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Originally published Monday, May 16, 2011 at 4:47 PM

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Gov. Gregoire: Don't veto teacher performance bill

Gov. Chris Gregoire's should not veto a bill to allow school districts to base teacher layoffs on performance rather than seniority.

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GOV. Chris Gregoire's plan to veto a bill allowing school districts to base teacher layoffs on performance rather than seniority sharply contradicts her rhetoric on teacher effectiveness.

The governor promised to link state policies with effective teaching practices, a vow greatly complicated by a sudden opposition to a proposed departure from the "last hired, first fired" rule. The bill headed to the governor's desk would allow districts undertaking layoffs to first choose teachers who received the lowest average ratings during their two latest evaluations.

It is a common-sense approach that bases tough decisions such as layoffs on teacher effectiveness, not years on the job.

Gregoire, who a few months ago was so impatient with the progress of educational improvements she threatened to eliminate the Office of the Superintendent of Public Instruction, was thought to agree.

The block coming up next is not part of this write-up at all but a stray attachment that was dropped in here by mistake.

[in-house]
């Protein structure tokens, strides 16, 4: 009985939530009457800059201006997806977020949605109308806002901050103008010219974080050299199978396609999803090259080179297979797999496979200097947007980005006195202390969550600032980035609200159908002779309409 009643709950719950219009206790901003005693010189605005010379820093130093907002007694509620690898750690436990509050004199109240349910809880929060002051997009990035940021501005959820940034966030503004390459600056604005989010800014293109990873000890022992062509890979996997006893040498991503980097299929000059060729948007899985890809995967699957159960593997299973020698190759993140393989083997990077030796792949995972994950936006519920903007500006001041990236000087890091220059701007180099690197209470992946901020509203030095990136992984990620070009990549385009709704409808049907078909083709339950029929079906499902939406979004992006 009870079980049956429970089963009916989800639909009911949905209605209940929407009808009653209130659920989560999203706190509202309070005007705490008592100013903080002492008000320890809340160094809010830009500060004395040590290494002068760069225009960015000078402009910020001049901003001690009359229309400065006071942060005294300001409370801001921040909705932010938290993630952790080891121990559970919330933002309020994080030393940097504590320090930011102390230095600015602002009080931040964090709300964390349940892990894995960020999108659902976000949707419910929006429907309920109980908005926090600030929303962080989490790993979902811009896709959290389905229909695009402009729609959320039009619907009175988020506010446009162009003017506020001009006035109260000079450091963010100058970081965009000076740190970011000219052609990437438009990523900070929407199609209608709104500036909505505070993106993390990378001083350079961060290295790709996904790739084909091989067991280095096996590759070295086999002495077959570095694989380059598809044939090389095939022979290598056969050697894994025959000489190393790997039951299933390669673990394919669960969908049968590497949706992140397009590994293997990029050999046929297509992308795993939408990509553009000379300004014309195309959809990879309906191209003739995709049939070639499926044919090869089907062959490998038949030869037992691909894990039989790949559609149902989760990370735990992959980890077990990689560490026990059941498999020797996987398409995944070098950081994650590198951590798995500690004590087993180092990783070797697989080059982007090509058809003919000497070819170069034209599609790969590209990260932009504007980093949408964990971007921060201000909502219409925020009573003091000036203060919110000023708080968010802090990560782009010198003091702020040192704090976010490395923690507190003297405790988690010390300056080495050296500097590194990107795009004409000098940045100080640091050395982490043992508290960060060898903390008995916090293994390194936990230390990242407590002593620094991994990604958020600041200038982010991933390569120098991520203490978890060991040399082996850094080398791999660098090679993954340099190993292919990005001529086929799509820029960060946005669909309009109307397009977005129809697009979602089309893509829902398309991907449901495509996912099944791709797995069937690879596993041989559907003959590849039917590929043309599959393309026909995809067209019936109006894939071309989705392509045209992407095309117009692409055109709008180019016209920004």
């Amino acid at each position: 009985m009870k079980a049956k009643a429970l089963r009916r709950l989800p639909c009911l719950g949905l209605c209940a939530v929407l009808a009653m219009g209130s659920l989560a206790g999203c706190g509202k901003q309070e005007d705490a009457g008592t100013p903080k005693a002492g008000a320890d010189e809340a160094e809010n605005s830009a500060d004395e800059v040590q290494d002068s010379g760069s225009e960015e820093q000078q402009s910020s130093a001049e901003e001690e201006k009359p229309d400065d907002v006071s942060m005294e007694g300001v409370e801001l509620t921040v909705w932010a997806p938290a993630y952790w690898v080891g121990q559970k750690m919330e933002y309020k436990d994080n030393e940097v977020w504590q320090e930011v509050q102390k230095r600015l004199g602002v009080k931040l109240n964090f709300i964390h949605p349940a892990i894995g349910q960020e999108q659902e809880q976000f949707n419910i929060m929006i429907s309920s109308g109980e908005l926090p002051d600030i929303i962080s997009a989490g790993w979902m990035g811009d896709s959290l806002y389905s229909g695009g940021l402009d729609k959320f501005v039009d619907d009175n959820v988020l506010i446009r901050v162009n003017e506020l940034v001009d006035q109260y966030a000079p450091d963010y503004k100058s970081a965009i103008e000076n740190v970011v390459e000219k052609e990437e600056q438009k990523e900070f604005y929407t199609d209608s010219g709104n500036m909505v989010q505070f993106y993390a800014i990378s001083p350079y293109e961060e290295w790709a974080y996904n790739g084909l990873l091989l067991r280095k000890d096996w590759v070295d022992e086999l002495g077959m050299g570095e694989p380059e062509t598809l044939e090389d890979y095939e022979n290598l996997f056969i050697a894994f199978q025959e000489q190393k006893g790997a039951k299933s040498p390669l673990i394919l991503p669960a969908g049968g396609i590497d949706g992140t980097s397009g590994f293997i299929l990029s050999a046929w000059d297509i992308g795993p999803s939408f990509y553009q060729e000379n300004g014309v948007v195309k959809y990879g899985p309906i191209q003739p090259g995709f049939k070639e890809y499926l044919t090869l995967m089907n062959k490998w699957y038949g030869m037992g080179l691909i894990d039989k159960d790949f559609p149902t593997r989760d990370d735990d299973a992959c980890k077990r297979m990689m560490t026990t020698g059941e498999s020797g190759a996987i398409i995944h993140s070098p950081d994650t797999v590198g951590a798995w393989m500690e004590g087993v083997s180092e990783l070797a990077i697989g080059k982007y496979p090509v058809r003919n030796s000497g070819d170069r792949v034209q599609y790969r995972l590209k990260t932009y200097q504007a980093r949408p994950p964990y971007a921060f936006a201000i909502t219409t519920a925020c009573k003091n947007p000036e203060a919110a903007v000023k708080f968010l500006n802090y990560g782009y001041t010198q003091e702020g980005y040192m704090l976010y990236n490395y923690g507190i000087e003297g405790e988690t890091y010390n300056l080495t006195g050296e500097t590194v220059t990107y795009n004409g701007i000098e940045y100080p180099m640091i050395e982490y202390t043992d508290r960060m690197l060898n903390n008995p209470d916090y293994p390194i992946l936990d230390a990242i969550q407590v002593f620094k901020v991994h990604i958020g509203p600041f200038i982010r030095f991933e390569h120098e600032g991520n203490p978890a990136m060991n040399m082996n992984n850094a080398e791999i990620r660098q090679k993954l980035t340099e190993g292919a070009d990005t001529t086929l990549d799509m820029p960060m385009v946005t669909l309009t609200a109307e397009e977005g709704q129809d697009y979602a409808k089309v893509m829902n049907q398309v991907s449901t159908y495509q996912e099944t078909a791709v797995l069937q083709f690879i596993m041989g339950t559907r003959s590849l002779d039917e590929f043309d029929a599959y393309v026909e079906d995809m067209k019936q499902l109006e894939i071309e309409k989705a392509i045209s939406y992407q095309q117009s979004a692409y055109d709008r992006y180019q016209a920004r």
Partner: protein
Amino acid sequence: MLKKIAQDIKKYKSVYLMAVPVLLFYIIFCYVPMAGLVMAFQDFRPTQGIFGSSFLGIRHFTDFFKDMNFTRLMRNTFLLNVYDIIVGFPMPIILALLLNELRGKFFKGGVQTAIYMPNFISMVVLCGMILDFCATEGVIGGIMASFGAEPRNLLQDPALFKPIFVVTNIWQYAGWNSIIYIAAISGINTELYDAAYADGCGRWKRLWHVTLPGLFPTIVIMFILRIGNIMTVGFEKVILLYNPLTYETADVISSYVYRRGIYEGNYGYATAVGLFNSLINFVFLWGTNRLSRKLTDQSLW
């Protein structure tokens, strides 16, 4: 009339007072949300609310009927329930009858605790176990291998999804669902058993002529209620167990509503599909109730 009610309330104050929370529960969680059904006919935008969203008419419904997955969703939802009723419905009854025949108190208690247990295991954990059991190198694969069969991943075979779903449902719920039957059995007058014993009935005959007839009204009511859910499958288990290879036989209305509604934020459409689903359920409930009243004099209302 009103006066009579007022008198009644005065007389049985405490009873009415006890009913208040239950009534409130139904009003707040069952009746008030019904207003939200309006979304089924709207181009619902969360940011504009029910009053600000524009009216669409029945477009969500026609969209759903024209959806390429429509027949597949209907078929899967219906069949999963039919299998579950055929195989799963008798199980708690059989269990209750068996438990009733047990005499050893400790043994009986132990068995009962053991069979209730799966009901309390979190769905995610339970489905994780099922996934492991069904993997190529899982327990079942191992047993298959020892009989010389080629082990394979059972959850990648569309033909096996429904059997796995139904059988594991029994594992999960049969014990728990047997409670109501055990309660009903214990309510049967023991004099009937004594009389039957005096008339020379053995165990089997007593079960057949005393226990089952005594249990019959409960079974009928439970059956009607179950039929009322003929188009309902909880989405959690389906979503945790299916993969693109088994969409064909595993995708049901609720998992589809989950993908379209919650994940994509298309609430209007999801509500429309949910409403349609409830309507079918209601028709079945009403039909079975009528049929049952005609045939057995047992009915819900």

But the governor who said the key factor behind student outcomes rests with the teacher in front of the classroom appears to have changed her mind, perhaps helped by the standing ovations she garnered recently at the state teachers union convention.

It would be great to have the 82,000-strong union on the right side but not at a cost that would be borne by students betting their educational futures on the success of reforms. Requiring districts to take performance into account during layoffs represents a significant game changer. Layoffs are disruptive; robbing classrooms of good teachers is even more harmful.

Most teachers are good instructional leaders not threatened by accountability. Uncertainty about the shift is outweighed by the fairness and legitimacy promised from new teacher evaluations coming down the legislative pike. Some districts, including Seattle Public Schools, have adopted better evaluations.

The only employees left to fear performance-based layoffs are those who aren't performing. That's not who the governor should be protecting.

Governor: when the teacher performance bill reaches your desk, sign it.

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